The first serious accident of a self-driving car occurred in Australia in March of this year. A pedestrian suffered life-threatening injuries when Hit by Tesla Model 3which the driver claimed was in “autopilot” mode.
In the United States, a highway safety regulator is investigating a series of accidents A Teslas on autopilot crashes into first responder vehicles with flashing lights during a traffic stop.
Decision-making processes in cars are often ‘self-driving’ vague and unpredictable (even for their manufacturers), so it can be hard to decide who should take responsibility for such accidents. However, the growing field of “explainable artificial intelligence” may help provide some answers.
Who is responsible when self-driving cars crash?
Even though self-driving cars are new, they are still machines that manufacturers make and sell. When they cause harm, we must ask whether the manufacturer (or software developer) has fulfilled its safety responsibilities.
The modern law of negligence comes from the case of Donoghue vs StevensonA woman discovered a decaying snail in a bottle of ginger beer. The manufacturer was found neglectful, not because he was expected to predict or directly control the snail’s behaviour, but because his packaging process was unsafe.
According to this logic, manufacturers and developers of AI-based systems such as self-driving cars may not be able to predict and control everything.”Self-confident“, but they can take measures to reduce risks. If their risk management, testing, auditing and control practices are not good enough, they should be held accountable.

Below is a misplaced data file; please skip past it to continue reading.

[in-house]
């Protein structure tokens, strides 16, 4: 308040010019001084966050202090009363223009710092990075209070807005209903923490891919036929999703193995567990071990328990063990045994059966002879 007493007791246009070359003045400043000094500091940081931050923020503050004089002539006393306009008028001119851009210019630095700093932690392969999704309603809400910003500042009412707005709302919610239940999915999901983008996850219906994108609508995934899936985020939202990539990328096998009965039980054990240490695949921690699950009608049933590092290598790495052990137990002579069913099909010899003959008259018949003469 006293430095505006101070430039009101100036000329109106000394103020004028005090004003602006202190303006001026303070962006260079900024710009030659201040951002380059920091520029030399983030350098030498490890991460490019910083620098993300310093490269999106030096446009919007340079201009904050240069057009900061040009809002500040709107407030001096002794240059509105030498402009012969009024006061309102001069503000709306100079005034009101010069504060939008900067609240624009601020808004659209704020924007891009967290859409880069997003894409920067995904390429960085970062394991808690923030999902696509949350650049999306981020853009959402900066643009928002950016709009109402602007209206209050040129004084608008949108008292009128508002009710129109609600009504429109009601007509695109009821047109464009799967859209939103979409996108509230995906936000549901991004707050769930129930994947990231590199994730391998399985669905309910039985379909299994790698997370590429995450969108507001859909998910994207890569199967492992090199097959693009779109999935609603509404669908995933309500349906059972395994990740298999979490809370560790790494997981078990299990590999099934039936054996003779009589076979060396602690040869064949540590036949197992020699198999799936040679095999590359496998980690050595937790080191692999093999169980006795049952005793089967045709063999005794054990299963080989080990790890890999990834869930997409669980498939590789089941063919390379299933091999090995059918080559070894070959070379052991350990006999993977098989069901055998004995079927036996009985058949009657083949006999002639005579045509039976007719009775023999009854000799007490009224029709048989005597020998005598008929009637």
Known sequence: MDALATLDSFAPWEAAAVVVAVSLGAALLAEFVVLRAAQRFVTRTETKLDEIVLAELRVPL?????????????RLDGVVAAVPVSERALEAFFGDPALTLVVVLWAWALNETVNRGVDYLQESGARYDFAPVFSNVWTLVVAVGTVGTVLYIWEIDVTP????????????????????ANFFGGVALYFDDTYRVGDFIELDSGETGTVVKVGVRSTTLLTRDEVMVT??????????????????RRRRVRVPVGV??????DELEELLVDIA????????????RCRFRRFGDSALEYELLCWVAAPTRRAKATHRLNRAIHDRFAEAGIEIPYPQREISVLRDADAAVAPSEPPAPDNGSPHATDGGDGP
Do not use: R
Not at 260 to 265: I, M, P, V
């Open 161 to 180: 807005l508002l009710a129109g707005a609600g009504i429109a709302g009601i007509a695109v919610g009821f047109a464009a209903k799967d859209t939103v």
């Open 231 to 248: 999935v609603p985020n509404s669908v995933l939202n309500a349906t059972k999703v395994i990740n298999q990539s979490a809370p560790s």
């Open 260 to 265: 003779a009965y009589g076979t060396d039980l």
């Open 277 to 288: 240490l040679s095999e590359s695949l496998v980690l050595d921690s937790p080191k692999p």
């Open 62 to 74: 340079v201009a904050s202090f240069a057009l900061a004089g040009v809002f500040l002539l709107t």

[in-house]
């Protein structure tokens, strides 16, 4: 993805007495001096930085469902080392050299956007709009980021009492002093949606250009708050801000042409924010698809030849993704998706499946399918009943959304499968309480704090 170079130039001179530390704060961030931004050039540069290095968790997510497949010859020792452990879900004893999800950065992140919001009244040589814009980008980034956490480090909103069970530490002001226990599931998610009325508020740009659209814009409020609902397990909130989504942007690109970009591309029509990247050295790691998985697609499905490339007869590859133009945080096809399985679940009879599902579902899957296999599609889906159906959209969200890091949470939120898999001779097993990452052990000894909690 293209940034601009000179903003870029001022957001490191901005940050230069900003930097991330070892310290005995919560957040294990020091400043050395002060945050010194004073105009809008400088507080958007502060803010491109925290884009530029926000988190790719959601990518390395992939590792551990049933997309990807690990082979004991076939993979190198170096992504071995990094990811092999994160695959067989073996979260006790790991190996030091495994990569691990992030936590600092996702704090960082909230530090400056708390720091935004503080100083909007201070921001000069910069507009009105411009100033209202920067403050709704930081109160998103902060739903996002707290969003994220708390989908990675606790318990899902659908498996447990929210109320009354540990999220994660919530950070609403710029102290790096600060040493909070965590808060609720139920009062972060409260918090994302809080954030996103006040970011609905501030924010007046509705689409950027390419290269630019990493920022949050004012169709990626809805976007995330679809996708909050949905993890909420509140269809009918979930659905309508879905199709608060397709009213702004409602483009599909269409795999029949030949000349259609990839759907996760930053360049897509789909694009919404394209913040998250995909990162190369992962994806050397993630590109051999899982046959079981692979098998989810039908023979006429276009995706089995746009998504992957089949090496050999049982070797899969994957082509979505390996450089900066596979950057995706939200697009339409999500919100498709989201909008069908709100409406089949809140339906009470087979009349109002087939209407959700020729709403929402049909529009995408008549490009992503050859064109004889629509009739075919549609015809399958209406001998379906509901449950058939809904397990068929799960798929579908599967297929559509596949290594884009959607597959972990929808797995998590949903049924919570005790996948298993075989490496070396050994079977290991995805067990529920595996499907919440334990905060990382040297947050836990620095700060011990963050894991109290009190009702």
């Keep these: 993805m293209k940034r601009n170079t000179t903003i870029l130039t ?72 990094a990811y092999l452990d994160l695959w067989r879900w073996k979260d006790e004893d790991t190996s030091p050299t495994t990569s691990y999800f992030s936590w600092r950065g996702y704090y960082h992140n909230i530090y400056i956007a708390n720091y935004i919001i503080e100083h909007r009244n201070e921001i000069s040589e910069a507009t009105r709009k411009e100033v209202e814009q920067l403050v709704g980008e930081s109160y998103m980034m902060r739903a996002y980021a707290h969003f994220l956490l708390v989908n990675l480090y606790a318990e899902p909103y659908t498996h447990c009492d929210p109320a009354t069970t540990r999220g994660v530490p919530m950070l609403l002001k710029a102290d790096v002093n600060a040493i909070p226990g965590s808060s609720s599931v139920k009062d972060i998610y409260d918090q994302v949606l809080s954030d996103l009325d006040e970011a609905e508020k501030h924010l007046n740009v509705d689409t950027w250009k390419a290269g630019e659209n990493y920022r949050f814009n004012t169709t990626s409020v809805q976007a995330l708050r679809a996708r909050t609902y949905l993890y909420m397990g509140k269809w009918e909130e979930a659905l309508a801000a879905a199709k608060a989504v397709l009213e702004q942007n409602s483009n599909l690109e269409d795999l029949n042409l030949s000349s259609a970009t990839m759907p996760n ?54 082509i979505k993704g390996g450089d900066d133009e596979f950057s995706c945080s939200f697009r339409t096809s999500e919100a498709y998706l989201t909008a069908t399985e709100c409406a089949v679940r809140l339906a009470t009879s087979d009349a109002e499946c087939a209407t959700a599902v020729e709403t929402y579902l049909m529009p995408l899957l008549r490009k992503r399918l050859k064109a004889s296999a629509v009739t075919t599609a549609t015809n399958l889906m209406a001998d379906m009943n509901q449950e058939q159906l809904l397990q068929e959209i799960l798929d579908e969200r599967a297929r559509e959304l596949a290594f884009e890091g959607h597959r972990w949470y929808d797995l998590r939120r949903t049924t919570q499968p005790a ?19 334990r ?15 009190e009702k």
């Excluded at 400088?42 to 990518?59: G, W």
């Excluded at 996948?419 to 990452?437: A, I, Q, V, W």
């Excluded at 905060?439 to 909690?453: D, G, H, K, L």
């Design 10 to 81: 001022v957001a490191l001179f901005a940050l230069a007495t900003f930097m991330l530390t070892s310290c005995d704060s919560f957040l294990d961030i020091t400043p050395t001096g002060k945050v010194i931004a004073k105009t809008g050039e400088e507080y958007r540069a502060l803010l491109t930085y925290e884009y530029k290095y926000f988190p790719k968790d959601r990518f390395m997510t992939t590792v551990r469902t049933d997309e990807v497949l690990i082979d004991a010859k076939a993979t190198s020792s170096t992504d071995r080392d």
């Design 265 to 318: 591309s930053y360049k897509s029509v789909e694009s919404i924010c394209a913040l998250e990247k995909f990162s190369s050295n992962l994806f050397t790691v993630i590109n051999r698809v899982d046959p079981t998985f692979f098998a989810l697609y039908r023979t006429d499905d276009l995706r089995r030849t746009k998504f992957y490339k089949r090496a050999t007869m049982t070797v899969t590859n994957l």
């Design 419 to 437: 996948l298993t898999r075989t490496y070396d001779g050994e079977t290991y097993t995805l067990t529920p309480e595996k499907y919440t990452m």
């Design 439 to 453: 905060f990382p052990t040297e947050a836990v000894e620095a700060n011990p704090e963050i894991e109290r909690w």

How Much Risk Management Is Adequate?
The difficult question would be “how much care and how much risk management is adequate?” In complex software, it is It is impossible to test it for every error advance. How will developers and manufacturers know when to stop?
Fortunately, courts, regulators, and technical standards bodies have experience in setting standards of care and liability for risky but useful activities.
Standards may be very strict, such as EU standards artificial intelligence organization project, which requires minimizing risks “as much as possible” regardless of cost. Or it could be more like the Australian Neglect Act, which allows for less strict management of less likely or less serious risks, or where risk management reduces the overall benefit of a risky activity.
Legal issues will be complicated by the opacity of artificial intelligence
Once we have a clear standard of risk, we need a way to enforce it. One approach could be to give a regulator powers to impose penalties (as the ACCC does in competition cases, for example).
Affected individuals AI Systems must also be able to sue. In cases related to self-driving cars, lawsuits against manufacturers will be especially important.
However, for these lawsuits to be effective, courts will need to understand the technical processes and standards of AI systems in detail.
Manufacturers often prefer not to disclose these details for commercial reasons. But the courts already have procedures in place to balance business interests with an appropriate amount of disclosure to facilitate litigation.